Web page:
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Charlotte Gainsbourg & Beck, “IRM” Review

By Rip Empson

You may know Charlotte Gainsbourg as the stunning and talented French actress from The Science of Sleep, 21 Grams, or Lars von Trier’s Palme-d’Or-winning Antichrist -- but what you may not know is that she also happens to be the daughter of legendary gallic singer/songwriter and troublemaker, Serge Gainsbourg. It seems music has always been in her blood, even though she’s spent most of her musical life in the shadow of her father – and their strange, provocative 1984 duet album that included a song called “Lemon Incest.”

Fast forward to 2006 and you’d find Gainsbourg beginning to establish her own musical sound, thanks to her Air-backed, heart-break record, 5:55, which went platinum in France. She parlayed her success into a collaboration with jack-of-all-sounds, Mr. Beck Hansen, who produced her latest effort, IRM.

Written, produced, arranged, and mostly played by Beck, IRM unsurprisingly sounds a lot like … a Beck album. WEIRD, right? With the sonic swashbuckler at the helm, musically IRM is a Frankensteinian mix of psych rock, nerd rap, graveyard blues, and eerie ballads. As a result, the album feels a lot like the doppelganger of Modern Guilt, Beck’s 2008 collaboration with the ubiquitous Danger Mouse.

Thematically, IRM, which is French for “MRI,” was inspired by a head injury Gainsbourg sustained while water skiing that led to two years of testing and multiple brain scans to prove that she was healthy. The incident and its aftermath left an indelible impression on her, inspiring the album’s mood, which seems permeated by electronic resonances, biological cadences, and heavy, existential lyrics.

Though Gainsbourg’s vocal abilities seem somewhat limited, she gets the most out of her voice, varying her approach with each song. And in spite of the overall eeriness of the album, her reverb-soaked cooing, purring, and double-tracked harmonizing adds a sex appeal and joyful defiance to the sinister landscape.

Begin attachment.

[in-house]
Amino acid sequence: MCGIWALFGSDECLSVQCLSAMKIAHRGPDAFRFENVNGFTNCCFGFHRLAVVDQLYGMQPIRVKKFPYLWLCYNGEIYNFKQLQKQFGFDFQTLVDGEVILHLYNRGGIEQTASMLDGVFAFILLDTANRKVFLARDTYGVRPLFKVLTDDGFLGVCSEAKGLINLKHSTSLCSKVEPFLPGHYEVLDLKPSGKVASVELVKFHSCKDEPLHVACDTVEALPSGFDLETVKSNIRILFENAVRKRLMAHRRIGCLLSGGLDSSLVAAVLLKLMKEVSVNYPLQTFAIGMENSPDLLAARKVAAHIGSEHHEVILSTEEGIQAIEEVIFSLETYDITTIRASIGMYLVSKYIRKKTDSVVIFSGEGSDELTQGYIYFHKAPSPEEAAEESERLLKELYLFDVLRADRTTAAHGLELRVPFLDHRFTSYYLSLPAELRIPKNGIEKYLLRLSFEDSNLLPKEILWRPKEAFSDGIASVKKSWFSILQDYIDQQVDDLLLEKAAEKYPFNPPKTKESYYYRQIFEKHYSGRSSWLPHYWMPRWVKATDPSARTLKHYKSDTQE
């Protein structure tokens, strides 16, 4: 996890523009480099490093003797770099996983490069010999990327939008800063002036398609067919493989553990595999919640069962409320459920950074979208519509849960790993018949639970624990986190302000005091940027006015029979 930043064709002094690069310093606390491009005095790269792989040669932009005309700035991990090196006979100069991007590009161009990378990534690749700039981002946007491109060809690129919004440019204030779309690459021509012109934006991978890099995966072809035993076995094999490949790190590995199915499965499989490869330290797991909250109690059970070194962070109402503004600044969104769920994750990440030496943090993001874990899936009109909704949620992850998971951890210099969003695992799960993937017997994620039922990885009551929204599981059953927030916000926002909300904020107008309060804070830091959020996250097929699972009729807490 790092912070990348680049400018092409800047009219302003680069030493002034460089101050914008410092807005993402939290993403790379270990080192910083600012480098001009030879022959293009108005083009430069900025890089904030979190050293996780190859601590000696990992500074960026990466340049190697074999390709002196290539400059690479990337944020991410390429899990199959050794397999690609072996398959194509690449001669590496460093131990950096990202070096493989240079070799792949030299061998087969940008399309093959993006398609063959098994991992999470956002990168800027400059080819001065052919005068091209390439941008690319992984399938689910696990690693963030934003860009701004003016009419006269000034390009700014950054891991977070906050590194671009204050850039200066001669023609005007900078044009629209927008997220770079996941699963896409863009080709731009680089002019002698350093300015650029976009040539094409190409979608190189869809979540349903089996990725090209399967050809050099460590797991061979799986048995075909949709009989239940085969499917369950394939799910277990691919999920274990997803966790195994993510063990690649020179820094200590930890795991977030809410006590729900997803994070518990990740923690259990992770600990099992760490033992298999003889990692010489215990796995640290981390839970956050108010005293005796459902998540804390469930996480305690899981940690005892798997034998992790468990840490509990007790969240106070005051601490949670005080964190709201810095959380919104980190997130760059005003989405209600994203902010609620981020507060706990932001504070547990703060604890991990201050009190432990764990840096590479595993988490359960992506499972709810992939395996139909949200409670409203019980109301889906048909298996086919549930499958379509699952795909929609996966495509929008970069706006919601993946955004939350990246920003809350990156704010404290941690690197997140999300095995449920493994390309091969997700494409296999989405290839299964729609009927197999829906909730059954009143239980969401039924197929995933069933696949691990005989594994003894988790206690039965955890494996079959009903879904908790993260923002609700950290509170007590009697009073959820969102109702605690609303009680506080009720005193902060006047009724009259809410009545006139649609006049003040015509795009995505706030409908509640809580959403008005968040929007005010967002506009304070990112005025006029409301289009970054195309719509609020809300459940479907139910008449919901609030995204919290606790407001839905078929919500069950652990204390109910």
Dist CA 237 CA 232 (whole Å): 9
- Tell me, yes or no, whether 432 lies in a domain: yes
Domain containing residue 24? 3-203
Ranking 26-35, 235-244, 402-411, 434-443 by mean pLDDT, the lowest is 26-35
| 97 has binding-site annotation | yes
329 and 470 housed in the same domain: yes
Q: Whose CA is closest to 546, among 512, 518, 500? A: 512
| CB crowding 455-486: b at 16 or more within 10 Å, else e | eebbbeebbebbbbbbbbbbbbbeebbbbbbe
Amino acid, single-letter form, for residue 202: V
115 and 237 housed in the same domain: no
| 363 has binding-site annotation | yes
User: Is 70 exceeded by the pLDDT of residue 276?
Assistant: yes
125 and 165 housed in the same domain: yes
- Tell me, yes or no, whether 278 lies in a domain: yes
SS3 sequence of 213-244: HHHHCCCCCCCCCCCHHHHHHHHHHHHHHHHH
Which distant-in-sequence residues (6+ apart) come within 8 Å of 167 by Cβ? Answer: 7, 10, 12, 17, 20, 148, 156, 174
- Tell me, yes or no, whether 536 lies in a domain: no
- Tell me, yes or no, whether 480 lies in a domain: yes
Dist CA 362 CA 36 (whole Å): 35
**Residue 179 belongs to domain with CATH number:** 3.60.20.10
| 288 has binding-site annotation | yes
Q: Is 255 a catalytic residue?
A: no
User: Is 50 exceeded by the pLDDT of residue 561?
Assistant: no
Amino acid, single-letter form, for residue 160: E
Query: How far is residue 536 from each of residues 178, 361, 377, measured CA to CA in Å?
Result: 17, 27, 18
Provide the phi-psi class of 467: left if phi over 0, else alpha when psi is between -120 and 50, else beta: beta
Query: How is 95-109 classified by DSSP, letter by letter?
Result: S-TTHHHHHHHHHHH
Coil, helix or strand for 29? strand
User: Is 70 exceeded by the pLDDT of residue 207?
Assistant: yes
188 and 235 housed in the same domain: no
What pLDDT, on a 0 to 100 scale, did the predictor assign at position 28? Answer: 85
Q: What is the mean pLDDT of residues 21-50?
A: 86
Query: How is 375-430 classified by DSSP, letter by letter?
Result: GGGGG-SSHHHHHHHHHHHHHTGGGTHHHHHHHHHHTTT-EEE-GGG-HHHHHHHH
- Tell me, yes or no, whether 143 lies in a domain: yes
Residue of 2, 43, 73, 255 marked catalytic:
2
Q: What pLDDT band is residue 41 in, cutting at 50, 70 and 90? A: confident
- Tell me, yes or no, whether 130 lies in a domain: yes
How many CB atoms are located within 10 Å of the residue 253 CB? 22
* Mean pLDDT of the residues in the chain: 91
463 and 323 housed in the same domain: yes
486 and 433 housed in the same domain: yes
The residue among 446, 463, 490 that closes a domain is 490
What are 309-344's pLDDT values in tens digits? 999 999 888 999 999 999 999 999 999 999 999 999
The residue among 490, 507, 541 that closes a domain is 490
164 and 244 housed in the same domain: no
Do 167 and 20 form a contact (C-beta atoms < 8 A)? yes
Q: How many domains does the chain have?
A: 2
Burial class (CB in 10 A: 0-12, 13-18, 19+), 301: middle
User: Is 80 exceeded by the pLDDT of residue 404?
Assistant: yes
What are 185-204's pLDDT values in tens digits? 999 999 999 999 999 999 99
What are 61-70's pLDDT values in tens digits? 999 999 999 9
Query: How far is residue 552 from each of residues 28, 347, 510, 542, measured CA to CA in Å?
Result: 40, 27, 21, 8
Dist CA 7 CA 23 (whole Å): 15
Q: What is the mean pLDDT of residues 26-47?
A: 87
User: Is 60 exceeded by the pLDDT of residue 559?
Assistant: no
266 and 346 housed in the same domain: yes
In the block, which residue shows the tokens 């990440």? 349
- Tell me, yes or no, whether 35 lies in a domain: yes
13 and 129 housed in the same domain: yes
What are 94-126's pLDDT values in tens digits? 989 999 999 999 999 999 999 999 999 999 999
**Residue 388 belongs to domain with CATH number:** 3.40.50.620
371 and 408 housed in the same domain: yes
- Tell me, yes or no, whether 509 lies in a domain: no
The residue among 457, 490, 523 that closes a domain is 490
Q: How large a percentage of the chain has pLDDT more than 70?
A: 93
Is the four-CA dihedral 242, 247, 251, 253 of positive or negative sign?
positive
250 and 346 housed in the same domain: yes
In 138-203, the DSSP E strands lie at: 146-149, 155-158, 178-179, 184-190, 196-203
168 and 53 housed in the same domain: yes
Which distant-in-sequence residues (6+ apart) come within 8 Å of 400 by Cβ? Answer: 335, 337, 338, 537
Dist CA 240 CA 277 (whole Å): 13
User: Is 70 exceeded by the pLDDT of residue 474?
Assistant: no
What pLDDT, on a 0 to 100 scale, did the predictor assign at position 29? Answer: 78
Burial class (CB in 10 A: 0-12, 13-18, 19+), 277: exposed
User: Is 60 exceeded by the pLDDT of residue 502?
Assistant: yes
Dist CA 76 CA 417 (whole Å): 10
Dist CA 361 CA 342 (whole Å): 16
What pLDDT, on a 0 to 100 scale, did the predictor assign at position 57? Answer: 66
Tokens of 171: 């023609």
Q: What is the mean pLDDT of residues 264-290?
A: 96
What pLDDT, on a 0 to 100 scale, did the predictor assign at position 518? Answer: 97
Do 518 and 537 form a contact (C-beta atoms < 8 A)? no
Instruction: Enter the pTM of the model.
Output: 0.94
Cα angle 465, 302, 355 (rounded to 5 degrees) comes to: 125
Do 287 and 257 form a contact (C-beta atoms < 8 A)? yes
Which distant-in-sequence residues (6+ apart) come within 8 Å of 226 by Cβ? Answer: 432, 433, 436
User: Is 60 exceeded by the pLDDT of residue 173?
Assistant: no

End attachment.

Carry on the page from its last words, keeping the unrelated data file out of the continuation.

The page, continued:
The heavy bass, minimal guitar and breathy vocals of the album allow its songs to anxiously explore the darker side of pop music, as the distortion-tinged guitar of “Trick Pony” sounds like something Danger Mouse and The Black Keys would have created, as Gainsbourg’s vocal harmonies float over it in psychedelic reverb – as is “Looking Glass Blues,” which is another opiate-filled song riffing on Alice in Wonderland, backed by inverted organ and spooky blues guitar.

All in all, IRM seems to have brought out the best of both Beck and Gainsbourg, especially if you are a fan of the creepier side of pop. There’s a lot going on sonically, and a lot of pondering going on thematically, which gives the album depth and makes it worthy of multiple listens. I’m not always a fan of dour, abstract pop music, but a sexy French grim reaper is better than the alternative, am I right? IRM may be wispy-edged and hallucinogenic, but it succeeds in celebrating the fragility and darkness of life -- and, in the end -- the bliss of survival.

It’s definitely an interesting album and well worth a listen.

11 out of a possible 13 caskets.

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